neurodivergent woman using a notebook to set goals with orange and blue post it notes

Interview: Goal Setting & Time Management as a Neurodivergent

This week I sat down with Casey Sharp, a writer and an intern at Corvisiero Literary Agency. We talked about what being neurodivergent means to her, how this impacts her life at work and at home, and how she manages her time and sets attainable goals as a neurodivergent person.

What do you find are some of the key hurdles in goal setting and time management as a neurodivergent person?

My whole life I’ve had time management problems. I’d do homework until 10pm. I wouldn’t get my bosses’ to-do lists done the day they wanted them done. When I became a stay at home mom, I just never seemed to be able to catch up on chores. Sound familiar?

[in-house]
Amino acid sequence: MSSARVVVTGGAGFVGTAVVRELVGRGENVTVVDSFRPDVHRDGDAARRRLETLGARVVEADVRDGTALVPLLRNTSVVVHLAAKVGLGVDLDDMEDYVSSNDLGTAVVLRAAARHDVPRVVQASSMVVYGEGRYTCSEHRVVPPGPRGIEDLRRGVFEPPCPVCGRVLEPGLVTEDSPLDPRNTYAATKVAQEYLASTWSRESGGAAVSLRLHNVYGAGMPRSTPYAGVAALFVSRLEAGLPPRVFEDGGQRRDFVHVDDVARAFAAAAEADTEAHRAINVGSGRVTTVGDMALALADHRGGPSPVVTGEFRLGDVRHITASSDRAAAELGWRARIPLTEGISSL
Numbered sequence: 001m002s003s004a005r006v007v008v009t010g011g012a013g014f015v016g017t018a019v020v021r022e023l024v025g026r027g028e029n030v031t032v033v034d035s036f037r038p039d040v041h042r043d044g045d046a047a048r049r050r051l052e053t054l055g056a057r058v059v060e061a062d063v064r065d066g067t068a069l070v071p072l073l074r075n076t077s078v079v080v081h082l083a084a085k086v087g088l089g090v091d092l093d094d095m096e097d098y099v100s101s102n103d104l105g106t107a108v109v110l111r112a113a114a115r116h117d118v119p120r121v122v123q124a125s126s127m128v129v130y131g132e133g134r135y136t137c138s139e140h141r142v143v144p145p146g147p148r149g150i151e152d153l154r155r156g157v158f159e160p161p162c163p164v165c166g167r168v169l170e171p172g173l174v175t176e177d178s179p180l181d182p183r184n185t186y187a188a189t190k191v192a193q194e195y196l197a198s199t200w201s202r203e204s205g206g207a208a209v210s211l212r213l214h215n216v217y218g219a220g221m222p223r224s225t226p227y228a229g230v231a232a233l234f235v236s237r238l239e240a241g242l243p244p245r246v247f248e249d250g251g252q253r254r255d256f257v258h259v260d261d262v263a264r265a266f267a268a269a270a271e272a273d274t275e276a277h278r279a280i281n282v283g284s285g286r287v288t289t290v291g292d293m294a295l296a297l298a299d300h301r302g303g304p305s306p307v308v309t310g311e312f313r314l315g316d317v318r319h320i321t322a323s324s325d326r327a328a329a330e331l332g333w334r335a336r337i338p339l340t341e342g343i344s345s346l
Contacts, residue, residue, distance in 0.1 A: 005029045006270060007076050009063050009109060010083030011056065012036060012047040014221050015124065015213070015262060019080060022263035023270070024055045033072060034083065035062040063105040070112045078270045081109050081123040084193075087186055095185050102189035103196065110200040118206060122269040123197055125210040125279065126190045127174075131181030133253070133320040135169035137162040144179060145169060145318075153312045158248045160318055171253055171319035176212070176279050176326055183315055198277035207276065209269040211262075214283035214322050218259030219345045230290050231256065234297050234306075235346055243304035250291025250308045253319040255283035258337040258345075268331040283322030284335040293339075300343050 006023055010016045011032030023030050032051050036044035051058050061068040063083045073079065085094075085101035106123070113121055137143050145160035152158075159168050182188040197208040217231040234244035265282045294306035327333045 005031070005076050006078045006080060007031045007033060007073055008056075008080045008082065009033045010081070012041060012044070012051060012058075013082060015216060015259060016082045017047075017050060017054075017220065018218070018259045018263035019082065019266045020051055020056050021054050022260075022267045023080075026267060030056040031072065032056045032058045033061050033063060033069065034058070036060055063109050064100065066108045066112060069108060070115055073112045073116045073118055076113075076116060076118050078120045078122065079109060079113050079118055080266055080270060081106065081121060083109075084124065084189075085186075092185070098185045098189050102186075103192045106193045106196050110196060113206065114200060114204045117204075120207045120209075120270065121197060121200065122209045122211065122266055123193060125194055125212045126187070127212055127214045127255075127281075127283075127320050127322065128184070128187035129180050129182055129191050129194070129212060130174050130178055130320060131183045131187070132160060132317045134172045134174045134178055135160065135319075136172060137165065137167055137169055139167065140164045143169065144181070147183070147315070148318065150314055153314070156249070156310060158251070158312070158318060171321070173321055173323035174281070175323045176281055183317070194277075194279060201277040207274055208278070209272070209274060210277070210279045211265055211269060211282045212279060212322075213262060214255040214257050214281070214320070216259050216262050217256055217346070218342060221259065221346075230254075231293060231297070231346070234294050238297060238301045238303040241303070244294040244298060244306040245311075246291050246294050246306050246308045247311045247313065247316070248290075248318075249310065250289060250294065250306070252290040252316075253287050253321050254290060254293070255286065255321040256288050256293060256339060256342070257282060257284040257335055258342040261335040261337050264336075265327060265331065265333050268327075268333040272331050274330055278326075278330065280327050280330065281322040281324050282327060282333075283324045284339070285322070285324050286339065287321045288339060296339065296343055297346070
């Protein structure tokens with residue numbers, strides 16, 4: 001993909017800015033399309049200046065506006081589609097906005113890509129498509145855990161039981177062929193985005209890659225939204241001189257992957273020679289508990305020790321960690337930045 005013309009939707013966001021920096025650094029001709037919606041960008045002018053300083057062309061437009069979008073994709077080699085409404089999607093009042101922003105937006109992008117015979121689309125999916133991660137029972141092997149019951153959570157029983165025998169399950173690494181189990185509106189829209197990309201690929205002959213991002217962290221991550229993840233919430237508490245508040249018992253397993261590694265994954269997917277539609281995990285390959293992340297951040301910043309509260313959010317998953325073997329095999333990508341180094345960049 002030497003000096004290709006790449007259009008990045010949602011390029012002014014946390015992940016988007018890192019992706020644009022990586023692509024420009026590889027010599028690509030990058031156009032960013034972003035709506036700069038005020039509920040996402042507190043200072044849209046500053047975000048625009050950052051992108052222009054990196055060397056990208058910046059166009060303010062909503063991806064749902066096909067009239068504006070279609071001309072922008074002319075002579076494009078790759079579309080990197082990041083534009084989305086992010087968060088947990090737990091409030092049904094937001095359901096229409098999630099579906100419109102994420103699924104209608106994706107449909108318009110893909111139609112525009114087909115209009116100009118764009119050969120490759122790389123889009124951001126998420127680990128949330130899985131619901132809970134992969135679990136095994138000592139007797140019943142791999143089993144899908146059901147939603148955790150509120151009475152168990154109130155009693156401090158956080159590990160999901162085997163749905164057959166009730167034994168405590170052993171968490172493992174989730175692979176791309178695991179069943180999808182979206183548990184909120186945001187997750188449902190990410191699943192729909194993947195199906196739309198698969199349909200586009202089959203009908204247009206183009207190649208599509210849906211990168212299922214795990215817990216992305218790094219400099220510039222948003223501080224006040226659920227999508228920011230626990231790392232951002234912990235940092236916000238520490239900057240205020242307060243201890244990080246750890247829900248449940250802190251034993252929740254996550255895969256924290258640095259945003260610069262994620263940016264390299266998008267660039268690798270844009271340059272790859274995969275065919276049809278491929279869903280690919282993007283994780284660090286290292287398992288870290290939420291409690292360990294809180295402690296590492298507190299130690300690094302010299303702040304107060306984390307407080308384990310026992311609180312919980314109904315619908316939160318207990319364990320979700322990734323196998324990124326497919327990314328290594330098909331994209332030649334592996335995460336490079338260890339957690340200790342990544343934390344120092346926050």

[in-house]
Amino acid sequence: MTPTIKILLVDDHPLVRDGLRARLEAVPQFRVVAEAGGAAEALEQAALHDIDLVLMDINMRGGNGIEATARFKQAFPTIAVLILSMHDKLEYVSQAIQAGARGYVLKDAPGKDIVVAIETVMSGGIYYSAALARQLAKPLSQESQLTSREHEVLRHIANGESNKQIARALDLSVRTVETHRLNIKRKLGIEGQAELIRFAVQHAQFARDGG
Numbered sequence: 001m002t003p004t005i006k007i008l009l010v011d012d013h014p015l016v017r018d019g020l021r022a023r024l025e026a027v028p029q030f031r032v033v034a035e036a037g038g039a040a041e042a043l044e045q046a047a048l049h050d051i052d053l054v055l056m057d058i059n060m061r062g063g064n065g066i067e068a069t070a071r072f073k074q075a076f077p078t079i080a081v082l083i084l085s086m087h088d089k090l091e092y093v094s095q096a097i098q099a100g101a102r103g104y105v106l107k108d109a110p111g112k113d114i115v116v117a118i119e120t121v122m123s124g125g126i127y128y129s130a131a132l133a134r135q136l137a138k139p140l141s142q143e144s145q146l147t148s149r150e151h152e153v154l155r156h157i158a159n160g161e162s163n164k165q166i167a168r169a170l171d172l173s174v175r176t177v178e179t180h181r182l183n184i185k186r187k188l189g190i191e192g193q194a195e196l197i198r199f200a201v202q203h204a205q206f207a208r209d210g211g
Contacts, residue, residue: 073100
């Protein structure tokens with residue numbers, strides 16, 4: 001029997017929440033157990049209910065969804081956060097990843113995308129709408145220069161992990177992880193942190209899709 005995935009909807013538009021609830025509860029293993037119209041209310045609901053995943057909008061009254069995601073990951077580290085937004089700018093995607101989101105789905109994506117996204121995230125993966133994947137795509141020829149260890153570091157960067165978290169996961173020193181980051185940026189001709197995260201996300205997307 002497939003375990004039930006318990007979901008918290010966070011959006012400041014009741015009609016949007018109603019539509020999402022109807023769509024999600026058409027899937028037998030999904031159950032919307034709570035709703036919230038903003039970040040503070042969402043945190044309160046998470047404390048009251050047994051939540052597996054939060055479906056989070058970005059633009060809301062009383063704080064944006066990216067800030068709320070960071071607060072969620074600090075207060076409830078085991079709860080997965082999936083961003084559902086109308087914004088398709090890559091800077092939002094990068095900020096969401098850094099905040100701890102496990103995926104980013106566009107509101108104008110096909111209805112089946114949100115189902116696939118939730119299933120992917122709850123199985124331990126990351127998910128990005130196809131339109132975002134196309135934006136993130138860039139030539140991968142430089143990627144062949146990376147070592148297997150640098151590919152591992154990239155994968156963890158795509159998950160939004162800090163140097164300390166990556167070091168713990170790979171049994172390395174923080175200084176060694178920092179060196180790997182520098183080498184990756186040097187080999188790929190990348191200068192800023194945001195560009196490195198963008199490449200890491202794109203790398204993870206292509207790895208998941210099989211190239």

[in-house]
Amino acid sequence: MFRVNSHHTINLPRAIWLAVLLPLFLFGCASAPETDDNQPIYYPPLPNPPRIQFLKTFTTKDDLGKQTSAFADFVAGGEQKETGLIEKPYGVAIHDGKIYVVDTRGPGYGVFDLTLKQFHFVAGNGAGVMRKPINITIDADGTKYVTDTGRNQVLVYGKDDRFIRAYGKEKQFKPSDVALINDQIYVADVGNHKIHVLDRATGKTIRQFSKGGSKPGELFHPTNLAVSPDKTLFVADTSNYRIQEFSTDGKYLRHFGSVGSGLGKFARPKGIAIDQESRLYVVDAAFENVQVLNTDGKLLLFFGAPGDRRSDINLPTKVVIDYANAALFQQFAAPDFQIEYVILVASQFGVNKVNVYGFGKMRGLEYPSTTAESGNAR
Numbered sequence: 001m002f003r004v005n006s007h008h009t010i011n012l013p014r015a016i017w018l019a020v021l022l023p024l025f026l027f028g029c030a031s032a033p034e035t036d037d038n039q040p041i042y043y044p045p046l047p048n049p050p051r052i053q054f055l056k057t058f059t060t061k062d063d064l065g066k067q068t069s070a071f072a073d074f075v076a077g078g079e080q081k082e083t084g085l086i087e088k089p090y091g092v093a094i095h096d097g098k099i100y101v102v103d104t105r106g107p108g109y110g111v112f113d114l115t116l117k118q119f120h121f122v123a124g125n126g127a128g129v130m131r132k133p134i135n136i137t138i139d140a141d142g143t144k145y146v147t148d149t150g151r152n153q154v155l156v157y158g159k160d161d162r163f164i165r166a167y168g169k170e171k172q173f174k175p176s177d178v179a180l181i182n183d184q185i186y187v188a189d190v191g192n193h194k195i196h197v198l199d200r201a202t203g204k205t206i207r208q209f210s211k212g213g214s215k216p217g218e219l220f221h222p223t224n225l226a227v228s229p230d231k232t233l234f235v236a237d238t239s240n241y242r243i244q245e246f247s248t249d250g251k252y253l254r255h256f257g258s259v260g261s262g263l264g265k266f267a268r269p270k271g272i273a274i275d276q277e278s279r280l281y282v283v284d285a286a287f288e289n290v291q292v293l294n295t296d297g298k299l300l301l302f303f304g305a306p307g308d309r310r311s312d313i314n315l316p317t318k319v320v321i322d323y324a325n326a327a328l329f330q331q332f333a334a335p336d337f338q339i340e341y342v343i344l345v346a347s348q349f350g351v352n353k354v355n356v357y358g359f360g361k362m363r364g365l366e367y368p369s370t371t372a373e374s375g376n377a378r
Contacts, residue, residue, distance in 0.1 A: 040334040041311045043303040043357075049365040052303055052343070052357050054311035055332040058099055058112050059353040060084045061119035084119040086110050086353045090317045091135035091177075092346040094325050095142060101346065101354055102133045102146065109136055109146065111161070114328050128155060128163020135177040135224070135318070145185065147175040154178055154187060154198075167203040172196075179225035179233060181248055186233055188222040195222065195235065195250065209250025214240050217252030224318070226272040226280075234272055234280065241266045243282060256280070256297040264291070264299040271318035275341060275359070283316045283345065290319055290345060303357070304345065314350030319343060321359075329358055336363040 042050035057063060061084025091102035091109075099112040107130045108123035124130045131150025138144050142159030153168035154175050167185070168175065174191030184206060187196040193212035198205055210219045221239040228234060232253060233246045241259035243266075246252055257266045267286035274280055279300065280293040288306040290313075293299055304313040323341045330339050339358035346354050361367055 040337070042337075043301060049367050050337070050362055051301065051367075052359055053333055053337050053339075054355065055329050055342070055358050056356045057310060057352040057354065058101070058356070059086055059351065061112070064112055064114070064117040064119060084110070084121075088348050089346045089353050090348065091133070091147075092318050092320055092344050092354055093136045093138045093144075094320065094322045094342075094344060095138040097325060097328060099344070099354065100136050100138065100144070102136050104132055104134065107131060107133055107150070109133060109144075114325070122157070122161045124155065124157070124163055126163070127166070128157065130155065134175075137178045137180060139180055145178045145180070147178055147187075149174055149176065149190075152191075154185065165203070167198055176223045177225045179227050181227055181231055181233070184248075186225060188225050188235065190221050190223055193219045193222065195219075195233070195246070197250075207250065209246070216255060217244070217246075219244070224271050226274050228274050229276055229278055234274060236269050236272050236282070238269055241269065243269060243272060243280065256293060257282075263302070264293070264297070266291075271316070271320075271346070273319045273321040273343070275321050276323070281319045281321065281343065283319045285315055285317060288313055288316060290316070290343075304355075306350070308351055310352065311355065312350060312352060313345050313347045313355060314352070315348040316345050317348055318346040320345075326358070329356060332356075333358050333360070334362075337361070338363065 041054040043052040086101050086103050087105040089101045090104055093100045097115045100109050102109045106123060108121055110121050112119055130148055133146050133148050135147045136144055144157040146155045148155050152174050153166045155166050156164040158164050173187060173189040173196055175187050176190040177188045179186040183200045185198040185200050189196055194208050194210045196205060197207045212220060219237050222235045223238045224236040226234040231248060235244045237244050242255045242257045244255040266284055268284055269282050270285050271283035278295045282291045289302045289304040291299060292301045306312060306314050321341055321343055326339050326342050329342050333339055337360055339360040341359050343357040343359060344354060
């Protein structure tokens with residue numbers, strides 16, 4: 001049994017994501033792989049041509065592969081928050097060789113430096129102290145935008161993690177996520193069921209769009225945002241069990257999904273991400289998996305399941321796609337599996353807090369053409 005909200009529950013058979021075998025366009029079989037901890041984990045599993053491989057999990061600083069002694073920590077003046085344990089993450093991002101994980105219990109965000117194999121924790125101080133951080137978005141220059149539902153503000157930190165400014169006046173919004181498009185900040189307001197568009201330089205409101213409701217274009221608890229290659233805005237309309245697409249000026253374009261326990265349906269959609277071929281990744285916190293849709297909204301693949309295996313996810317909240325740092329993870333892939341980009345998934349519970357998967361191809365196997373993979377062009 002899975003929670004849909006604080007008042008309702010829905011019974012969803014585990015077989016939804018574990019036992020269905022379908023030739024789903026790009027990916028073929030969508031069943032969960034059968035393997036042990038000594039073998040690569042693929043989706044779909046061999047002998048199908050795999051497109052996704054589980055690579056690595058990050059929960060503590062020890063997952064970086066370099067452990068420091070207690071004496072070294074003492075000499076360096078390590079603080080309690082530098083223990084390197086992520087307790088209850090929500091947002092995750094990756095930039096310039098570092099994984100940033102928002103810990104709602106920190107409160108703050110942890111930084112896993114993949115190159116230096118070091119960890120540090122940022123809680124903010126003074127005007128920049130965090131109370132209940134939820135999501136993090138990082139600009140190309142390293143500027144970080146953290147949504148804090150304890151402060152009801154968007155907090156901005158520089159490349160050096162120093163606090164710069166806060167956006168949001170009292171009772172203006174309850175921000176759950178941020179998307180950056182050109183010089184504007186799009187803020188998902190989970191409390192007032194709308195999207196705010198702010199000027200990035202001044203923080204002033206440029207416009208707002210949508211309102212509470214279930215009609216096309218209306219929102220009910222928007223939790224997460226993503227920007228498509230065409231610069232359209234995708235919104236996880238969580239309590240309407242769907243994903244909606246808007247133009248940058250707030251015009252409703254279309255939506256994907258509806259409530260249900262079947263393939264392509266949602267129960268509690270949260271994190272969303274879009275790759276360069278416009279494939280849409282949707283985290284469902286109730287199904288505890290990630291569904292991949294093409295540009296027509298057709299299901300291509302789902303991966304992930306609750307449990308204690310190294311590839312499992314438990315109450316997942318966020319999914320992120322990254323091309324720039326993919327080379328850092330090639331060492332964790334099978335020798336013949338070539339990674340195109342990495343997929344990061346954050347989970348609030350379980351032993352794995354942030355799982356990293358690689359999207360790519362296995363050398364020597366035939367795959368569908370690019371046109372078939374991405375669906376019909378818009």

Of course, I’ve tried numerous methods to fix this. I’ve had planners that I’d write everything in and list the tasks in order of priority. After a few days, it’d be left in its spot forgotten. 

I’ve tried time blocking, setting alarms for each task to begin. Unfortunately, my ADHD would get distracted by something. Or worse, my child and pets would have different ideas of what was supposed to happen at that moment. 

As an autistic, homemaker, mom, and chronically ill person, I need a flexible schedule that accounts for distraction, flair ups, and breaks. I tried many different routines before I finally found one that worked for me.

Why do you think more common goal setting techniques don’t work so well for neurodivergent people?

I’ve identified three of the many techniques I tried to use to set goals over the years, and I’ll tell you about each one, and why it doesn’t work so well for neurodivergent people.